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Mol Gen Genet. 1996 Apr 10;250(6):705-14.

Physiological effects of translation initiation factor IF3 and ribosomal protein L20 limitation in Escherichia coli.

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  • 1Department of Biological Chemistry, School of Medicine, University of California, Davis 95616, USA.

Abstract

To investigate the physiological roles of translation initiation factor IF3 and ribosomal protein L20 in Escherichia coli, the infC, rpmI and rpIT genes encoding IF3, L35 and L20, respectively, were placed under the control of lac promotor/operator sequences. Thus, their expression is dependent upon the amount of inducer isopropyl thiogalactoside (IPTG) in the medium. Lysogenic strains were constructed with recombinant lambda phages that express either rpmI and rplT or infC and prmI in trans, thereby allowing depletion of only IF3 or L20 at low IPTG concentrations. At low cellular concentration of IF3, but not L20, decreases and the growth rate slows. Furthermore, ribosomes run off polysomes, indicating that IF3 functions during the initiation phase of protein synthesis in vivo. During slow growth, the ratio of RNA to protein increases rather than decreases as occurs with control strains, indicating that IF3 limitation disrupts feedback inhibition of rRNA synthesis. As IF3 levels drop, expression from an AUU-infC-lacZ fusion increases, whereas expression decreases from an AUG-infC-lacZ fusion, thereby confirming the model of autogenous regulation of infC. The effects of L20 limitation are similar; cells grown in low concentrations of IPTG exhibited a decrease in the rate of growth, a decrease in cellular L20 concentration, no change in IF3 concentration, and a small increase in the ratio of RNA to protein. In addition, a decrease in 50S subunits and the appearance of an aberrant ribosome peak at approximately 41-43S is seen. Previous studies have shown that the L20 protein negatively controls its own gene expression. Reduction of the cellular concentration of L20 derepresses the expression of an rplT-lacZ gene fusion, thus confirming autogenous regulation by L20.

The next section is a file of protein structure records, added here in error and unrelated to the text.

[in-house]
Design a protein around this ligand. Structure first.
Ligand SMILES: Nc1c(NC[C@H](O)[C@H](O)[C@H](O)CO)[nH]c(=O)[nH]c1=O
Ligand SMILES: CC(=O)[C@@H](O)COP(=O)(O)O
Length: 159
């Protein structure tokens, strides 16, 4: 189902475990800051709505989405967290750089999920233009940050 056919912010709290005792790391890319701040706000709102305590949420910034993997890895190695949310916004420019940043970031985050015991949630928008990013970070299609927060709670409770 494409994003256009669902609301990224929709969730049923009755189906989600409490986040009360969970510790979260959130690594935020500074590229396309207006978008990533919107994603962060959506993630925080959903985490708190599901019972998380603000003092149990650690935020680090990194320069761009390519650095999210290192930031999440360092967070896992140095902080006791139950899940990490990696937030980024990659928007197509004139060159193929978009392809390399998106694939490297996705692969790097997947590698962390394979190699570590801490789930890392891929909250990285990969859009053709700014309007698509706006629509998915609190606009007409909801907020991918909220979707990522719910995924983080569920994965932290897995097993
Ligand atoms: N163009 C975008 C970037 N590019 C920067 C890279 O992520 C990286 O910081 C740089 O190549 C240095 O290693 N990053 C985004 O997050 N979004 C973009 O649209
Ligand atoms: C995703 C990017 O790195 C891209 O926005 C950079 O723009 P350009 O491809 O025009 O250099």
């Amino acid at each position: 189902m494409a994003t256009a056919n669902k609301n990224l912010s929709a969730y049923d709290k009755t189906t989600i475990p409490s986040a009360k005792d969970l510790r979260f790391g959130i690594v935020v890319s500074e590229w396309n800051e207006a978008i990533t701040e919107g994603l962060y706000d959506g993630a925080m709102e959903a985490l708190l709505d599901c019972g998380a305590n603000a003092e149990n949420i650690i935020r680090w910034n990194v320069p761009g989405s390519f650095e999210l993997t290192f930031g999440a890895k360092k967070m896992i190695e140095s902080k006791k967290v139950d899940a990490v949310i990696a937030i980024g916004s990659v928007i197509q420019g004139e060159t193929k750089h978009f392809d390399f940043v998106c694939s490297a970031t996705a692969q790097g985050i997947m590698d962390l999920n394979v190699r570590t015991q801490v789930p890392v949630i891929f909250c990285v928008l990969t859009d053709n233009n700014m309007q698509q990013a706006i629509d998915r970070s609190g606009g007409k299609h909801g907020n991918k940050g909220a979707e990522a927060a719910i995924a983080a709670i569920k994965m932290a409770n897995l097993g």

PMID:
8628231
[PubMed - indexed for MEDLINE]
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